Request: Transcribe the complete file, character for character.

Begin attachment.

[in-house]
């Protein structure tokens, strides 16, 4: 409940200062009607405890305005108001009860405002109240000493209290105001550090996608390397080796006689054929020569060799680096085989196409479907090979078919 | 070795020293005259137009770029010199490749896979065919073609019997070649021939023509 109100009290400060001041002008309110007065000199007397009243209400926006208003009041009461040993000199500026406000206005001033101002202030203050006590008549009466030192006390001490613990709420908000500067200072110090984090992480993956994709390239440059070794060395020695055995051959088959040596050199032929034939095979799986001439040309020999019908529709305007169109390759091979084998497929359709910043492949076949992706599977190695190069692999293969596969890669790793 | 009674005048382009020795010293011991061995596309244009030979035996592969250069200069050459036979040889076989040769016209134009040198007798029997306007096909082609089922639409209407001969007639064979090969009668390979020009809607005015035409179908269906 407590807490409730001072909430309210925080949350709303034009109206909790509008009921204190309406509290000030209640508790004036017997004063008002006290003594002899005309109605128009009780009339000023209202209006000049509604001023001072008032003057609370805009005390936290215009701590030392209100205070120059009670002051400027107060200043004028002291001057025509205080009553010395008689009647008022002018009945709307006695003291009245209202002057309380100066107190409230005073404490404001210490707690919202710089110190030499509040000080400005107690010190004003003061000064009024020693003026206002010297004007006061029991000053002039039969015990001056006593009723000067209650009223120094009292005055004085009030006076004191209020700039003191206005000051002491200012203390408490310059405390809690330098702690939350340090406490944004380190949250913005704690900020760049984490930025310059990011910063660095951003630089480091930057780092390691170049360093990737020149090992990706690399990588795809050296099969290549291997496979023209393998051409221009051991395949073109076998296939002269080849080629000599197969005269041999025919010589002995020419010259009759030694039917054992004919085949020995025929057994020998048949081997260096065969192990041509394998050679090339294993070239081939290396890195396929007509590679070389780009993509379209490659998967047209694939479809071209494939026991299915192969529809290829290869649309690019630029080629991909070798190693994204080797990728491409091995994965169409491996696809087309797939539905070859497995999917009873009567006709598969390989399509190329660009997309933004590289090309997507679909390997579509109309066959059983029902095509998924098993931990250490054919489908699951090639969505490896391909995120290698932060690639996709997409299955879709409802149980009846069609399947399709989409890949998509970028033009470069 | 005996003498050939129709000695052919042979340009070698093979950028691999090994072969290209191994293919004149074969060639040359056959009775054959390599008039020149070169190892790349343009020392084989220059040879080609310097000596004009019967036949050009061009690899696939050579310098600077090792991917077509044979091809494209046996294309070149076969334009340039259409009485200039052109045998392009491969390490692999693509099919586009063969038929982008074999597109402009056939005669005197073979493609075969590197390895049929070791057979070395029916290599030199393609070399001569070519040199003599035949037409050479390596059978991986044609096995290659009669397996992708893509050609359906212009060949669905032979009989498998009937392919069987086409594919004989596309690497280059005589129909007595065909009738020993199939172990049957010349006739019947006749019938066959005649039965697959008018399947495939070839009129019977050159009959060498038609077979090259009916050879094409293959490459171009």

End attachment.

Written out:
[in-house]
């Protein structure tokens, strides 16, 4: 409940200062009607405890305005108001009860405002109240000493209290105001550090996608390397080796006689054929020569060799680096085989196409479907090979078919 | 070795020293005259137009770029010199490749896979065919073609019997070649021939023509 109100009290400060001041002008309110007065000199007397009243209400926006208003009041009461040993000199500026406000206005001033101002202030203050006590008549009466030192006390001490613990709420908000500067200072110090984090992480993956994709390239440059070794060395020695055995051959088959040596050199032929034939095979799986001439040309020999019908529709305007169109390759091979084998497929359709910043492949076949992706599977190695190069692999293969596969890669790793 | 009674005048382009020795010293011991061995596309244009030979035996592969250069200069050459036979040889076989040769016209134009040198007798029997306007096909082609089922639409209407001969007639064979090969009668390979020009809607005015035409179908269906 407590807490409730001072909430309210925080949350709303034009109206909790509008009921204190309406509290000030209640508790004036017997004063008002006290003594002899005309109605128009009780009339000023209202209006000049509604001023001072008032003057609370805009005390936290215009701590030392209100205070120059009670002051400027107060200043004028002291001057025509205080009553010395008689009647008022002018009945709307006695003291009245209202002057309380100066107190409230005073404490404001210490707690919202710089110190030499509040000080400005107690010190004003003061000064009024020693003026206002010297004007006061029991000053002039039969015990001056006593009723000067209650009223120094009292005055004085009030006076004191209020700039003191206005000051002491200012203390408490310059405390809690330098702690939350340090406490944004380190949250913005704690900020760049984490930025310059990011910063660095951003630089480091930057780092390691170049360093990737020149090992990706690399990588795809050296099969290549291997496979023209393998051409221009051991395949073109076998296939002269080849080629000599197969005269041999025919010589002995020419010259009759030694039917054992004919085949020995025929057994020998048949081997260096065969192990041509394998050679090339294993070239081939290396890195396929007509590679070389780009993509379209490659998967047209694939479809071209494939026991299915192969529809290829290869649309690019630029080629991909070798190693994204080797990728491409091995994965169409491996696809087309797939539905070859497995999917009873009567006709598969390989399509190329660009997309933004590289090309997507679909390997579509109309066959059983029902095509998924098993931990250490054919489908699951090639969505490896391909995120290698932060690639996709997409299955879709409802149980009846069609399947399709989409890949998509970028033009470069 | 005996003498050939129709000695052919042979340009070698093979950028691999090994072969290209191994293919004149074969060639040359056959009775054959390599008039020149070169190892790349343009020392084989220059040879080609310097000596004009019967036949050009061009690899696939050579310098600077090792991917077509044979091809494209046996294309070149076969334009340039259409009485200039052109045998392009491969390490692999693509099919586009063969038929982008074999597109402009056939005669005197073979493609075969590197390895049929070791057979070395029916290599030199393609070399001569070519040199003599035949037409050479390596059978991986044609096995290659009669397996992708893509050609359906212009060949669905032979009989498998009937392919069987086409594919004989596309690497280059005589129909007595065909009738020993199939172990049957010349006739019947006749019938066959005649039965697959008018399947495939070839009129019977050159009959060498038609077979090259009916050879094409293959490459171009």